Atomic energy's second wind
LONDON -- American utility companies are returning to the idea of building nuclear power stations. They believe they can get approval for licenses to start doing so by 2007, and they also believe, despite bitter past experience, that safety problems can finally be solved and the economics can be justified.
This is bold thinking, but is it realistic? All over the world nuclear power programs have long been in limbo for years and a huge political resistance has developed. Although accidents have been rare and performance generally reliable, America's Three Mile Island incident in 1979 and, even more, the Soviet Union's Chernobyl disaster in 1986 have left an indelible imprint of fear that no amount of statistics showing years of safe operation seem able eradicate.
An even deeper fear focuses on the handling of radioactive waste. The public remains convinced that the super-toxic material left over from nuclear electricity generation cannot be transported, stored or disposed of safely.
In vain the nuclear industry has pointed out that the quantities involved are minute (all the waste ever generated by nuclear power stations so far would probably cover no more than three football fields) and that poisonous radioactive material can be encased in glass (vitrified) and buried for centuries until it is harmless. But the public remains skeptical.
Then there is the cost problem. The issue that has long frightened investors away from the nuclear power industry is the colossal cost of eventually decommissioning a plant. It is what made nuclear power so unattractive to financial markets in Britain back in the 1980s when the rest of the electricity industry was successfully privatized.
These are still formidably steep mountains to climb, so why the revived optimism? The answer is that nuclear advocates now think that new designs and technical innovation can overcome safety as well as cost problems. They argue that the danger of a nuclear reactor core being drained of coolant and overheating, as happened at Chernobyl (and as depicted in the mythical but chilling movie "The China Syndrome"), can be eliminated with new designs.
They also maintain that decommissioning costs can be drastically cut and that electricity can be generated from new nuclear stations for about $1.70 a kilowatt-hour over the reactor's lifetime, compared with $1.80 for coal-fired stations and much more for oil and gas.
But much more significant than any of these semi-technical issues are two new "drivers" that nuclear enthusiasts point to. The first is, quite simply, that nuclear power is clean -- it produces no carbon dioxide (CO2 emissions. Of course, the process of constructing a nuclear power station, with its megatons of concrete and metal, is highly energy-intensive. But once the plant is up and running, it is goodbye to the CO2 pollution that many fear is threatening the planet.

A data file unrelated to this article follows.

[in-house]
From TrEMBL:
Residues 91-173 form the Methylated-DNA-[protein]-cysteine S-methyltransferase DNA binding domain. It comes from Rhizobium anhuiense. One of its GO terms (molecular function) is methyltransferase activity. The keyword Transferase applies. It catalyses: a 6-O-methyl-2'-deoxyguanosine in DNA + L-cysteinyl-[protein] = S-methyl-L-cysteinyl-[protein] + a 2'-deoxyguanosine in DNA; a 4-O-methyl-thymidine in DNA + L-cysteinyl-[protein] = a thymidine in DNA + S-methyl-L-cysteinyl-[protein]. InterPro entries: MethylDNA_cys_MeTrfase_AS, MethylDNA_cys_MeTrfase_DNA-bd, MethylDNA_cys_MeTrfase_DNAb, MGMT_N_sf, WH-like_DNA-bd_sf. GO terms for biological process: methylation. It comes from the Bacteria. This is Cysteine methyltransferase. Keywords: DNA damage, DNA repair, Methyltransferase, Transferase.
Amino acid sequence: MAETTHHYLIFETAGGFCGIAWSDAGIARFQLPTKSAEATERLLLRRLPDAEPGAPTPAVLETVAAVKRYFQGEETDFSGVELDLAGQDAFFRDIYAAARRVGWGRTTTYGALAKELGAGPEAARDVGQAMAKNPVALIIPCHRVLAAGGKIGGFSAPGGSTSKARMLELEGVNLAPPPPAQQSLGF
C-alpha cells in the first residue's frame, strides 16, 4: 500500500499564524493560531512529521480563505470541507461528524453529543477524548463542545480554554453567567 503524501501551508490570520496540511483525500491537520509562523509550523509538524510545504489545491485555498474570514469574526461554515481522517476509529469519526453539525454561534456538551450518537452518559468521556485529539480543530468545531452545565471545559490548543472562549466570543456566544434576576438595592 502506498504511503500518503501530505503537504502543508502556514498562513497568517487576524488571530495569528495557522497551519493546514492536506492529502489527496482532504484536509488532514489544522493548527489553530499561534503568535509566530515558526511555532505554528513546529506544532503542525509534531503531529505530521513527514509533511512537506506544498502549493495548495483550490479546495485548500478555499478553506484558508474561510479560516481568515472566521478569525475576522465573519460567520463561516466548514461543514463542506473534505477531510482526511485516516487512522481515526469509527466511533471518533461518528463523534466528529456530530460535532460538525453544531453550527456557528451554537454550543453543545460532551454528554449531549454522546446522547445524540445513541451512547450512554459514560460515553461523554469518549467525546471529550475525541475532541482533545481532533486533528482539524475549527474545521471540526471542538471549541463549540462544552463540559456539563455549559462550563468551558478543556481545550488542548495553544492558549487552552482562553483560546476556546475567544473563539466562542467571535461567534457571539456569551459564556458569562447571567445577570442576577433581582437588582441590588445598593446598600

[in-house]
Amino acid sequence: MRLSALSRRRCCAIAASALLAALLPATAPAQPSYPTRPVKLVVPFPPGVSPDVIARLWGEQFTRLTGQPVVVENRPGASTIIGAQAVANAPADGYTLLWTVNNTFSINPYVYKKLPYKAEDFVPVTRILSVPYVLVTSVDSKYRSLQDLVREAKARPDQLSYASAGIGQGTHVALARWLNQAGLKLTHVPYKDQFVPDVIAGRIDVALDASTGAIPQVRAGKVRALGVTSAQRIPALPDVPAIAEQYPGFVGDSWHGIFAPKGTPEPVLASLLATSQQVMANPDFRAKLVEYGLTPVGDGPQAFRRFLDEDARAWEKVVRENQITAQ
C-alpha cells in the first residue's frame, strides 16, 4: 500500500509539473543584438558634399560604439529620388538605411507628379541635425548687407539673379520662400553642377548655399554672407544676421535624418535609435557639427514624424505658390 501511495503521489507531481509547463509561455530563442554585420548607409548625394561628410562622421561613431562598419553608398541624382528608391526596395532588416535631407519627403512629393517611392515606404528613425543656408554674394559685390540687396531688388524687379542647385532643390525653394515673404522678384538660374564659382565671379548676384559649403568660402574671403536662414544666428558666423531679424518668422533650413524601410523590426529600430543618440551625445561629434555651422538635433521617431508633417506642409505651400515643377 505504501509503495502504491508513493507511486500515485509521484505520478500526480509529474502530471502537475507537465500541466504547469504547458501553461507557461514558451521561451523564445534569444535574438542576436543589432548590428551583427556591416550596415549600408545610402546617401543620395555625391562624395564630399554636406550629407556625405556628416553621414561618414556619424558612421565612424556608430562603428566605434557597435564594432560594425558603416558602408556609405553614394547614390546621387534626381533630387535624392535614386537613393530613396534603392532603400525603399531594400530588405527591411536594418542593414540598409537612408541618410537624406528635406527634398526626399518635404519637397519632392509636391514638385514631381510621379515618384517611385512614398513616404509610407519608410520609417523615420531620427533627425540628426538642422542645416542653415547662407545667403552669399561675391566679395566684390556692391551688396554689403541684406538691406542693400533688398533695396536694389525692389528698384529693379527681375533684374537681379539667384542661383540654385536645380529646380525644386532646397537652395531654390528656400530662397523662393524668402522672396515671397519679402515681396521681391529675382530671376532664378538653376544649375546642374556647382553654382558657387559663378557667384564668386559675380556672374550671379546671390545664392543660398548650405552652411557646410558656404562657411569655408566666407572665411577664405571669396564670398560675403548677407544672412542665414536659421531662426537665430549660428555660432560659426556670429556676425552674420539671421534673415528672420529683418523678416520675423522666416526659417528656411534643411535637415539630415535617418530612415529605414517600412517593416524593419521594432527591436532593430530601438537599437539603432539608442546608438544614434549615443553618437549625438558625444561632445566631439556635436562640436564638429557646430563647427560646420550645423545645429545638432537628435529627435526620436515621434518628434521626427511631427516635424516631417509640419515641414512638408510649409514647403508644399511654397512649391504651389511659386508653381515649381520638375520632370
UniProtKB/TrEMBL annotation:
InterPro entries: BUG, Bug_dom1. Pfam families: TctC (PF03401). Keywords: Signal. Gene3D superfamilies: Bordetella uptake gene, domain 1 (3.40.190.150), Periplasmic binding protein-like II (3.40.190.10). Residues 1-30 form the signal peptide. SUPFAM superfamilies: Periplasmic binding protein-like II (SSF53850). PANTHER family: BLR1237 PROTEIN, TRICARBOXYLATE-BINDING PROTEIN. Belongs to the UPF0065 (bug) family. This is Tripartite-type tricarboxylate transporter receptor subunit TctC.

The second big new "driver" for the cause of nuclear energy is that oil and gas supplies are becoming less and less reliable. There may be plenty of oil and gas left, both in discovered reserves and in hidden, more remote areas (such as under the Arctic ice cap). But at what cost can it be extracted and will it keep flowing? Those are the questions.
More and more hydrocarbon energy deposits are destined to come from regions that are very unreliable politically. How painful will the price of a barrel of oil get to cover the vast risks of interruption, sabotage, terrorism, blackmail, insurgency, revolution -- not to mention natural disasters like earthquakes?
Can countries afford to rely on the boiling Middle East, unsettled Nigeria, unpredictable Russia, troubled Venezuela, embattled Algeria, for example, for their daily light, heat and industrial production?
Nations and societies that are self-sufficient in oil can perhaps sleep a little easier in face of all these dangers. But America has long ceased to be one of these. Since claiming self-reliance in energy 40 years ago, it has allowed itself, almost absentmindedly, to drift into the hair-raising position of having to import 73 percent of its daily oil needs from the outside world.
Of course, what goes for America goes for other countries, too, but at least some of them are getting prepared. Japan has made strides toward using less oil and is thinking, however reluctantly, about expanding nuclear power further.
Finland, always a center of green issue concerns, has bitten the bullet and is building six new, state-of-the-art, nuclear stations. Even Germany is overcoming its long-held hesitations.
Admittedly the wider dangers of nuclear power in an age of terrorism cannot be overlooked. The tightest possible international monitoring of all nuclear activity is essential if nuclear materials are not to slip into irresponsible hands.
But the plain truth of the world's energy future is now written in letters a mile high: Burning fossil fuels has become both a high risk and threat to the planet.
Renewable energy can help at the margin, but even giant wind farms have a big environmental downside. Conservation and solar panels can do their part, especially in the home, but the massive power that industry and 21st-century life need will have to come increasingly from safe nuclear energy. The experts know this as do the technicians, but dare the politicians break the news to a still nervous public, or will they wait until the lights go out, industry seizes up and the heating fails -- by which time it will be too late to take remedial action.
As President George W. Bush settles into his third term, his advisers are rightly warning him that America needs a radically new energy policy. Could this be the time for some real leadership?
David Howell is a former British Cabinet minister and former chairman of the Commons Foreign Affairs Committee. He is now a member of the House of Lords.
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